Landscape Conservation and Local Infrastructure Program

Revitalizing our communities while conserving farms & forests, the Landscape Conservation and Local Infrastructure Program is a ground-breaking program that will dramatically impact how we shape our future. It combines a real estate tool called Transfer of Development Rights with a public financing opportunity for cities.

Occidental Park in Pioneer Square, Seattle
Photo by Wilford Brimley
  • ADD—Conserved farms and forests

    Transfer of Development Rights (TDR) is a market-based tool that promotes growth in places it is desired while conserving farms, forests, ecologically significant areas and open space. It gives landowners the option of selling the development value from their property as an alternative to building. Developers purchasing these rights receive bonuses, such as additional height or square footage, in areas more suitable for growth.

  • PLUS—Revitalized communities

    In exchange for accepting development rights, cities gain access to financing for revitalizing and redeveloping neighborhoods. Shared tax revenue generated by growth allows cities to invest in parks, streetscapes, utilities, roads and other infrastructure that helps make communities attractive places to live and do business.

  • TO EQUAL—A better future for our families

    Landscape Conservation and Local Infrastructure Program (LCLIP) is an unprecedented opportunity to link the future of our communities with the conservation of our farms and forests. Improving our neighborhoods will enhance the quality of life in cities while conserving farms and forests will help keep our region healthy, sustainable and prosperous.

Case in point

The City of Seattle and King County are early adopters of LCLIP, implementing the program in fall 2013. Seattle has agreed to accept 800 TDR credits into the South Lake Union and Downtown neighborhoods, which will conserve over 25,000 acres of farm, forest and rural land. Over a 25 year period, LCLIP is anticipated to provide $27.5 million in infrastructure financing, which Seattle plans to use for green streets, a community center, and bike, pedestrian and transit projects. Today, Seattle is well on its way towards the ten-year target of 400 credits in about 15% of the time.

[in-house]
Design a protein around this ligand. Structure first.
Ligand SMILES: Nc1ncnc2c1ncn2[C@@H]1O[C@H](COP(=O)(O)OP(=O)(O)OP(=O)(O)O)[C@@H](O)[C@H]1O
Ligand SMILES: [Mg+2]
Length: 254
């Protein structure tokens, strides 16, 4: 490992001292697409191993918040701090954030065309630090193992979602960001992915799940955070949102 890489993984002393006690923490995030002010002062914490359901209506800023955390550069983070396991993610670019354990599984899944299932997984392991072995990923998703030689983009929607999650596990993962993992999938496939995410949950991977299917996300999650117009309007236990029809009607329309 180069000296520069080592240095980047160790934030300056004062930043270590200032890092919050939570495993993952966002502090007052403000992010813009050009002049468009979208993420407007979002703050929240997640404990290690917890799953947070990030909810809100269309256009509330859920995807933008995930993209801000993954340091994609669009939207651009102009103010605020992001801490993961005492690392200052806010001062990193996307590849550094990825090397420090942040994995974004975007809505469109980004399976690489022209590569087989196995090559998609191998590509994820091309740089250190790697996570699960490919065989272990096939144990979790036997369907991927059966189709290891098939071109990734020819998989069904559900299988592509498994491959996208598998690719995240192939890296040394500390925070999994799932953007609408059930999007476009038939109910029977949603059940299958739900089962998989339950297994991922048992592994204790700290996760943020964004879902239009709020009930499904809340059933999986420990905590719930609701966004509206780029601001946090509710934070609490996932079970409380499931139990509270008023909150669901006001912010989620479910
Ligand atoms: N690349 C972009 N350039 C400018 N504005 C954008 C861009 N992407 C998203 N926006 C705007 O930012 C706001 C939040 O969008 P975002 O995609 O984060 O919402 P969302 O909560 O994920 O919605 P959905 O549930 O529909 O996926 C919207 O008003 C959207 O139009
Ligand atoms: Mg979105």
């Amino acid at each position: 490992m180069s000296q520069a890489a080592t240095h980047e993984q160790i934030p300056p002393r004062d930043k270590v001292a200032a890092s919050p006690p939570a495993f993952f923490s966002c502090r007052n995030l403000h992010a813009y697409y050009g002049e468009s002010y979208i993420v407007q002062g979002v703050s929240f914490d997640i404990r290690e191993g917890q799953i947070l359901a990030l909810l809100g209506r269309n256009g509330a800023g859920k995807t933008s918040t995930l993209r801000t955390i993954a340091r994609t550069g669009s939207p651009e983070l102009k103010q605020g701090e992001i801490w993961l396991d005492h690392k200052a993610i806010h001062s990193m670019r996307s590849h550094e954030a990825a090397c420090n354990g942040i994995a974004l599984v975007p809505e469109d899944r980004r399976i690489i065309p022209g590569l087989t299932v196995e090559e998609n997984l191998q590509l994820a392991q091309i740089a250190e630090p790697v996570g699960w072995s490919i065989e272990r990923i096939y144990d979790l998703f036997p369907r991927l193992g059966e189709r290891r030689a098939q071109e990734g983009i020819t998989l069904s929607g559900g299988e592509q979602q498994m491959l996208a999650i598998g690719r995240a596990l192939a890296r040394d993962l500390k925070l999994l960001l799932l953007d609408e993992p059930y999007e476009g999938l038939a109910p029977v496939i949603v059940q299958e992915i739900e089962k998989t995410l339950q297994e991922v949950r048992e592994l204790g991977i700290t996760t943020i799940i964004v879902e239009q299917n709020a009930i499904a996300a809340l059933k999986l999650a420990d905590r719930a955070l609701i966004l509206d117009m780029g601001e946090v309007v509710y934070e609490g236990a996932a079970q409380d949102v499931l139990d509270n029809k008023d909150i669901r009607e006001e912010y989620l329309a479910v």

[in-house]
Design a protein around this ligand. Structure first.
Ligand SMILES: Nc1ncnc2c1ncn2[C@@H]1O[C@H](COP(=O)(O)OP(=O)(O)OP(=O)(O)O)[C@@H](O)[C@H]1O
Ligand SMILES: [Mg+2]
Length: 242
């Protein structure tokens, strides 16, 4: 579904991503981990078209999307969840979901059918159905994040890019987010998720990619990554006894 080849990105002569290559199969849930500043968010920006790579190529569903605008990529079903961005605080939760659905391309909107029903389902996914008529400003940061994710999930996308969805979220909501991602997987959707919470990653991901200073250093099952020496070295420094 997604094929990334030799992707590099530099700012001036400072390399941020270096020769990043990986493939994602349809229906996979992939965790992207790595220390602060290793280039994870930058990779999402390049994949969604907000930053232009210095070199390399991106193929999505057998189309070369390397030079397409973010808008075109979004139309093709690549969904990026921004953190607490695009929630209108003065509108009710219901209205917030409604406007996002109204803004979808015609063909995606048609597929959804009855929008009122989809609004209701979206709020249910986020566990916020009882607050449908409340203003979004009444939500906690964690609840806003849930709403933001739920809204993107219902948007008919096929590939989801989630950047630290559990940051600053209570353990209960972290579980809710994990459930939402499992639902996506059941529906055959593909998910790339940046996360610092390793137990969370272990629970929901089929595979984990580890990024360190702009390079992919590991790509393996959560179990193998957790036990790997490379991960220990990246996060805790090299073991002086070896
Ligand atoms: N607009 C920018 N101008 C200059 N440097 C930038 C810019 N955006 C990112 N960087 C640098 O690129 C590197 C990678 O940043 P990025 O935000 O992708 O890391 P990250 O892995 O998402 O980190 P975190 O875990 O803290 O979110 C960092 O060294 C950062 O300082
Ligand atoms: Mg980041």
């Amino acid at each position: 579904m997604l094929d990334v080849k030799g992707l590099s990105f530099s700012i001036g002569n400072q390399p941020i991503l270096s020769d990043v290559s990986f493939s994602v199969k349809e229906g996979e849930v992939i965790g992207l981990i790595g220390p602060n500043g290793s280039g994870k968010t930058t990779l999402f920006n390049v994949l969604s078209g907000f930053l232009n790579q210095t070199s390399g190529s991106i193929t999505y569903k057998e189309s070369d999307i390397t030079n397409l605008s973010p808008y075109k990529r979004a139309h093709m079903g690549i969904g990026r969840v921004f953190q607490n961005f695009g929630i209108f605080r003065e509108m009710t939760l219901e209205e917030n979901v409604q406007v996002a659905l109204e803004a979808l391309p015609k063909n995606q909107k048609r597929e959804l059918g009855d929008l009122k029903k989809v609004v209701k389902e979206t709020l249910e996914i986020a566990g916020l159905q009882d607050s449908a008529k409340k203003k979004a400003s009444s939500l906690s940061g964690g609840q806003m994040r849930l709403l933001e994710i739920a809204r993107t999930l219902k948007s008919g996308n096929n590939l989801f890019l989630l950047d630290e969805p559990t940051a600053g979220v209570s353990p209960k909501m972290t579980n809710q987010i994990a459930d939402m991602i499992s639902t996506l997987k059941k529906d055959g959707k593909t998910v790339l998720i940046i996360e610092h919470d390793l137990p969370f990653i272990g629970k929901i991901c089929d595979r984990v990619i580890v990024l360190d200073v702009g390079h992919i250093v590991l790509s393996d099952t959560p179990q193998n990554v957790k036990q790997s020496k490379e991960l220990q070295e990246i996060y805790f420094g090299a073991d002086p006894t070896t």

Related Perspectives and News

Talking and Walking in Kittitas County

Two days of conversation with leaders across Kittitas County and one day of hiking. For the last few months and particularly over two concentrated days, we met with business leaders, advocates, planners, developers, farmers, elected officials and tribal leaders; to name some. The conversations only barely scratched the surface of course—of the richness of the place and the challenges it faces.

Continue

A Conservation Conversation

Green Everett Partnership volunteer and UW Bothell student, Candice Magbag, set to find out in her class on restoration ecology. In her final project, Candice covers the history of Forterra and her perspectives on conservation. Read her guest post and watch her video below.

Continue

Development = Conservation

When you walk through South Lake Union, words you might think of include Amazon, Paul Allen, tech, REI, Vulcan, Pink Elephant, growth, MOHAI, development and… conservation? How our innovative program is transforming our region’s landscape.

Continue

30 Years an Anchor of Place

Our first visit was in July 1985, short as it was. We were on our tandem and passing through, checking out places to get married. Our first stay was late April 1994, delightful as it was. By then, we had our two kids in tow, and Sina took her first steps on the cabin’s porch. We’ve been returning for a week most every year since.

Continue

Commissioner of Public Lands Hilary Franz celebrates installation of new classrooms built from innovative Cross Laminated Timber in Seattle

FOR IMMEDIATE RELEASE | May 30, 2017 Commissioner of Public Lands Hilary Franz celebrates installation of new classrooms built from…

Continue

Cross Laminated Timber used as new Sequim classroom installation begins

Contact: Leda Chahim Government Affairs Director Forterra 206-905-6922 (office); 206-227-1433 (cell) | lchahim@forterra.org SEQUIM, WA — Installation began today on…

Continue

Friends of the forest: Volunteers go to work on Green Everett Day

More than 100 volunteers dug holes, placed plants and spread mulch Saturday morning at Forest Park for Green Everett Day.…

Continue

Companies’ volunteers and Forterra helping clean up Duwamish

People power is helping to clean up one of Seattle’s most polluted rivers. On Friday, about a hundred volunteers who…

Continue